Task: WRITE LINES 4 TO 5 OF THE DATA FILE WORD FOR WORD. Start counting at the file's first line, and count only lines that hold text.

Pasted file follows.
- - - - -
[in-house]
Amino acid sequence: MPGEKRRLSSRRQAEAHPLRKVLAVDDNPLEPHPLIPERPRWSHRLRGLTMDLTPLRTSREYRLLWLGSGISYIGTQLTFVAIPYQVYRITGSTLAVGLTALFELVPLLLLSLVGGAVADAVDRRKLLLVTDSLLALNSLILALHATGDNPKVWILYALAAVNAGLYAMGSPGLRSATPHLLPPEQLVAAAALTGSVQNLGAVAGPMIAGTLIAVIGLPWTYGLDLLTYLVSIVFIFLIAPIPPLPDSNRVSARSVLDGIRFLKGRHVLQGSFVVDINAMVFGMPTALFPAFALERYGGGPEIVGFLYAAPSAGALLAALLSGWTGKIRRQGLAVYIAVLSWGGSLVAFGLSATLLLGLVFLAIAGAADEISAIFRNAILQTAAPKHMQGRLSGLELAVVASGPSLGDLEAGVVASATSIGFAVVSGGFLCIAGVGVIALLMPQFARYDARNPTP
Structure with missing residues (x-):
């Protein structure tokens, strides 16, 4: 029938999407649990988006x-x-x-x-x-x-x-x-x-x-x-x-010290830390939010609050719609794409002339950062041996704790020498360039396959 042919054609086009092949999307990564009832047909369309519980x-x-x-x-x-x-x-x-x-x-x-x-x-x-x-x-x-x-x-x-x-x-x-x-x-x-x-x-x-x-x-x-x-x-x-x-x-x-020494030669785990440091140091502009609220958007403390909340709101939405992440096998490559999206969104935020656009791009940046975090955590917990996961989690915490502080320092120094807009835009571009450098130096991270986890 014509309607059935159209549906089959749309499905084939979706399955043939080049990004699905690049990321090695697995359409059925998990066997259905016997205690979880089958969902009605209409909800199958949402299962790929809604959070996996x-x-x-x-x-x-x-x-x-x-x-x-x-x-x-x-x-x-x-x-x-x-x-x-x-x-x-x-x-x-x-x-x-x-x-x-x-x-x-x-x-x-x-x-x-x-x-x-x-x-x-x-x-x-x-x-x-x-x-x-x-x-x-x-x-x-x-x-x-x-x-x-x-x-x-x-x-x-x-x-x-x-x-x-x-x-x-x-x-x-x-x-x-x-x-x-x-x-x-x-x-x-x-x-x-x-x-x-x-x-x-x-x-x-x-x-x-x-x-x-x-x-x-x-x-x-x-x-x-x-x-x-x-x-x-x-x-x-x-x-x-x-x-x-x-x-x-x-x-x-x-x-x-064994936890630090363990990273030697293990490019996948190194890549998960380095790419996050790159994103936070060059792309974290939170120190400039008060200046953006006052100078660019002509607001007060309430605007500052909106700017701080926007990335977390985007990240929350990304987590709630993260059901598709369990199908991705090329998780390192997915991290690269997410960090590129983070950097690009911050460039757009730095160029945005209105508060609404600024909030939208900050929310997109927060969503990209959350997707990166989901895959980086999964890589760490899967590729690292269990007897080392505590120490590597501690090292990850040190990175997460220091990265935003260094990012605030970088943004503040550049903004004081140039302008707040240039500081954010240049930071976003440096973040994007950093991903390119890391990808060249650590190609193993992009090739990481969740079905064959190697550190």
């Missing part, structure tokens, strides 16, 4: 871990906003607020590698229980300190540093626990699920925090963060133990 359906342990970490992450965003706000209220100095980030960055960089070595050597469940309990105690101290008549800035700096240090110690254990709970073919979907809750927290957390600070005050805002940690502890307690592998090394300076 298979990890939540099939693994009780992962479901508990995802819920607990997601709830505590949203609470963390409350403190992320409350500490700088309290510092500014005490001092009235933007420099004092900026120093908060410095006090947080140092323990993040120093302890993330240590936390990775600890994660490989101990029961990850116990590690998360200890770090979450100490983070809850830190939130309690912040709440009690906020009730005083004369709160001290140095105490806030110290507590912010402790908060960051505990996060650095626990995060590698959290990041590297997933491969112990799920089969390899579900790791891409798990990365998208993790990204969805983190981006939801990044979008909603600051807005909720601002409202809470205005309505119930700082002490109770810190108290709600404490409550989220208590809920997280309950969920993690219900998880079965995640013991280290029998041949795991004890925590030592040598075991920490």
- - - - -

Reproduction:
């Protein structure tokens, strides 16, 4: 029938999407649990988006x-x-x-x-x-x-x-x-x-x-x-x-010290830390939010609050719609794409002339950062041996704790020498360039396959 042919054609086009092949999307990564009832047909369309519980x-x-x-x-x-x-x-x-x-x-x-x-x-x-x-x-x-x-x-x-x-x-x-x-x-x-x-x-x-x-x-x-x-x-x-x-x-x-020494030669785990440091140091502009609220958007403390909340709101939405992440096998490559999206969104935020656009791009940046975090955590917990996961989690915490502080320092120094807009835009571009450098130096991270986890 014509309607059935159209549906089959749309499905084939979706399955043939080049990004699905690049990321090695697995359409059925998990066997259905016997205690979880089958969902009605209409909800199958949402299962790929809604959070996996x-x-x-x-x-x-x-x-x-x-x-x-x-x-x-x-x-x-x-x-x-x-x-x-x-x-x-x-x-x-x-x-x-x-x-x-x-x-x-x-x-x-x-x-x-x-x-x-x-x-x-x-x-x-x-x-x-x-x-x-x-x-x-x-x-x-x-x-x-x-x-x-x-x-x-x-x-x-x-x-x-x-x-x-x-x-x-x-x-x-x-x-x-x-x-x-x-x-x-x-x-x-x-x-x-x-x-x-x-x-x-x-x-x-x-x-x-x-x-x-x-x-x-x-x-x-x-x-x-x-x-x-x-x-x-x-x-x-x-x-x-x-x-x-x-x-x-x-x-x-x-x-x-064994936890630090363990990273030697293990490019996948190194890549998960380095790419996050790159994103936070060059792309974290939170120190400039008060200046953006006052100078660019002509607001007060309430605007500052909106700017701080926007990335977390985007990240929350990304987590709630993260059901598709369990199908991705090329998780390192997915991290690269997410960090590129983070950097690009911050460039757009730095160029945005209105508060609404600024909030939208900050929310997109927060969503990209959350997707990166989901895959980086999964890589760490899967590729690292269990007897080392505590120490590597501690090292990850040190990175997460220091990265935003260094990012605030970088943004503040550049903004004081140039302008707040240039500081954010240049930071976003440096973040994007950093991903390119890391990808060249650590190609193993992009090739990481969740079905064959190697550190």
């Missing part, structure tokens, strides 16, 4: 871990906003607020590698229980300190540093626990699920925090963060133990 359906342990970490992450965003706000209220100095980030960055960089070595050597469940309990105690101290008549800035700096240090110690254990709970073919979907809750927290957390600070005050805002940690502890307690592998090394300076 298979990890939540099939693994009780992962479901508990995802819920607990997601709830505590949203609470963390409350403190992320409350500490700088309290510092500014005490001092009235933007420099004092900026120093908060410095006090947080140092323990993040120093302890993330240590936390990775600890994660490989101990029961990850116990590690998360200890770090979450100490983070809850830190939130309690912040709440009690906020009730005083004369709160001290140095105490806030110290507590912010402790908060960051505990996060650095626990995060590698959290990041590297997933491969112990799920089969390899579900790791891409798990990365998208993790990204969805983190981006939801990044979008909603600051807005909720601002409202809470205005309505119930700082002490109770810190108290709600404490409550989220208590809920997280309950969920993690219900998880079965995640013991280290029998041949795991004890925590030592040598075991920490």